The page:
The process was simple: the CA Fraud Prevention Manager (FPM) forwarded visa and passport cases suspected to have fraudulent or criminal information to a DSS special agent who was co-located with the CA FPM. The DSS special agent, now called the ARSO-I, investigated the case and initiated a criminal investigation, if warranted. The benefits of this collaboration were immediate, and the positive impact on U.S. national and border security was remarkable.

The Diplomatic Security Service assistant regional security officer-investigator and criminal fraud investigator from the U.S. Consulate General in Cape Town, held a training session for Cape Town International Airport personnel, Sept. 7, 2017. Airline employees learned how to detect imposters and identify authentic security features of U.S. travel documents. Photo courtesy of the Bureau of Diplomatic Security Service
The Diplomatic Security Service assistant regional security officer-investigator and criminal fraud investigator from the U.S. Consulate General in Cape Town, held a training session for Cape Town International Airport personnel, Sept. 7, 2017. Airline employees learned how to detect imposters and identify authentic security features of U.S. travel documents. Photo courtesy of the Bureau of Diplomatic Security Service

Over the last two decades, the CA-DSS fraud prevention partnership has progressed significantly. After the terrorist attacks on 9/11, the relationship grew to become the Department’s most prolific instrument to detect, disrupt, and dismantle terrorist and criminal entities from fraudulently obtaining U.S. travel documents to carry out global crimes that negatively affect Americans and the nation’s foreign partners.

After years of accomplishments, DSS determined that, in addition to ARSO-Is’ investigative endeavors, it was vital to aggressively train and liaise with America’s foreign partners. Giving host countries the tools and support needed to prosecute fraud to the fullest extent possible led to additional successes.

A Diplomatic Security Service assistant regional security officer-investigator (ARSO-I) (in federal agent shirt) observes as Cambodian police arrest a U.S. fugitive in Cambodia after the ARSO-I successfully investigated and located the individual, May 2019. Photo courtesy of the Bureau of Diplomatic Security Service
A Diplomatic Security Service assistant regional security officer-investigator (ARSO-I) (in federal agent shirt) observes as Cambodian police arrest a U.S. fugitive in Cambodia after the ARSO-I successfully investigated and located the individual, May 2019. Photo courtesy of the Bureau of Diplomatic Security Service

As part of the program’s growth, in addition to DSS special agents, the ARSO-I program today includes criminal fraud investigators (CFIs) and eligible family member investigative assistants (EFM-IAs). The CFIs are highly capable individuals who are former senior prosecutors, judges, law enforcement, and security leaders in their respective countries. They are subject matter experts in local law and capacity building, and provide vital continuity, cultural sophistication, native language skills, and institutional knowledge to each ARSO-I operation. EFM-IAs are highly trained and assist the ARSO-I by providing investigative, analytical, and administrative support to each ARSO-I program.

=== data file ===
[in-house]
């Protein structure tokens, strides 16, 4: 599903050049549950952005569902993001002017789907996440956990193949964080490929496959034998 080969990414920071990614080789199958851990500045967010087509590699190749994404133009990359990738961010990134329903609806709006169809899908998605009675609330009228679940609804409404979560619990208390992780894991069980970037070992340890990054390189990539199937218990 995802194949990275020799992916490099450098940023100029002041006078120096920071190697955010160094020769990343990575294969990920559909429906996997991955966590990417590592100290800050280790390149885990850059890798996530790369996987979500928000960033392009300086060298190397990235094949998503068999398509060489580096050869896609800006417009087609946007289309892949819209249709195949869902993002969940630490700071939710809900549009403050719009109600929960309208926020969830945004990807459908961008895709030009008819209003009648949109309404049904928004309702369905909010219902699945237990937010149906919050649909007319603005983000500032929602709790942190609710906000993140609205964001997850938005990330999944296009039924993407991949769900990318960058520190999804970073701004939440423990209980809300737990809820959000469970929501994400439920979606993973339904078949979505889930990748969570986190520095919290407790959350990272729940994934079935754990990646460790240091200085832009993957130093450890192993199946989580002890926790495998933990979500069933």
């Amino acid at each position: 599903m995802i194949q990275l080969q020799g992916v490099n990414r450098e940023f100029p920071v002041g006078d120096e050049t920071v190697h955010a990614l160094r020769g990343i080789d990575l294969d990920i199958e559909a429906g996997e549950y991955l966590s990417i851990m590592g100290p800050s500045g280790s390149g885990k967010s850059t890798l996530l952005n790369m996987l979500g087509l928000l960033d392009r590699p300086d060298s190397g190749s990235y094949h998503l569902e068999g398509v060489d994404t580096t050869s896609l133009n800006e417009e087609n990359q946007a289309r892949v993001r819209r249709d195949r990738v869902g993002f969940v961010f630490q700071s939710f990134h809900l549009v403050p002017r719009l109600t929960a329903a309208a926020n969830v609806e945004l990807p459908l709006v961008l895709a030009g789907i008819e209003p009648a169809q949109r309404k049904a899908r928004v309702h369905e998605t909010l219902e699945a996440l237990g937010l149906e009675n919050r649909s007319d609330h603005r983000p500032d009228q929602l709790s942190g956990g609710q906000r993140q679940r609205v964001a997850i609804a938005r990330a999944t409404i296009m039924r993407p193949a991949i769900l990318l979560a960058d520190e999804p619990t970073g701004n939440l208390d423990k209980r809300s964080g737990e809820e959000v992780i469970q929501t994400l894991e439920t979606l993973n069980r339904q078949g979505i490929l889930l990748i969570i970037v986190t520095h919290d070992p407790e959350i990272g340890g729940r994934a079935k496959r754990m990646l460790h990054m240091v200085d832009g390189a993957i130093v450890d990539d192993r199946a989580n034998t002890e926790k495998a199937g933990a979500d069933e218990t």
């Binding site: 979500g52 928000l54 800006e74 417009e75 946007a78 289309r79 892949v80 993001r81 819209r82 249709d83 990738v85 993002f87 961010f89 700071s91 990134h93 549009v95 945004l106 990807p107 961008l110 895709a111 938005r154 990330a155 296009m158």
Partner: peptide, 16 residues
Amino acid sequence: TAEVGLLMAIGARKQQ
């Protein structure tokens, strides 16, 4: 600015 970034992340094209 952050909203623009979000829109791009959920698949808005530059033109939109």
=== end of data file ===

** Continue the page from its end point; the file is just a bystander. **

Most recently, the OCI Division added another key component to its ARSO-I program: vetted police units. Vetted police units are foreign law enforcement officers assigned to ARSO-I shops. These highly skilled, trusted units allow the office to leverage host nation capabilities and resources to investigate and potentially prosecute crimes and other illicit activities. 

Today, three pillars comprise the ARSO-I program: transnational investigations, liaison, and training. The program has a far-reaching network of global criminal investigators, more than any law enforcement agency in the U.S. government. The OCI Division, through its ARSO-I program, implements DSS, CA, and the Department’s wider efforts to identify criminals, take down their international enterprises, and greatly hinder their ability to gain access to the U.S.  

With 133 ARSO-Is embedded in consular sections at diplomatic posts worldwide, the ARSO-I program is a force multiplier on the frontlines, protecting the homeland from terrorists and transnational organized criminal networks.  

Sean Brennan and Joseph Jung are special agents and branch chiefs of the Bureau of Diplomatic Security Service (DSS) Overseas Criminal Investigations Division. Ellen Hummel is a program manager with DSS Overseas Criminal Investigations.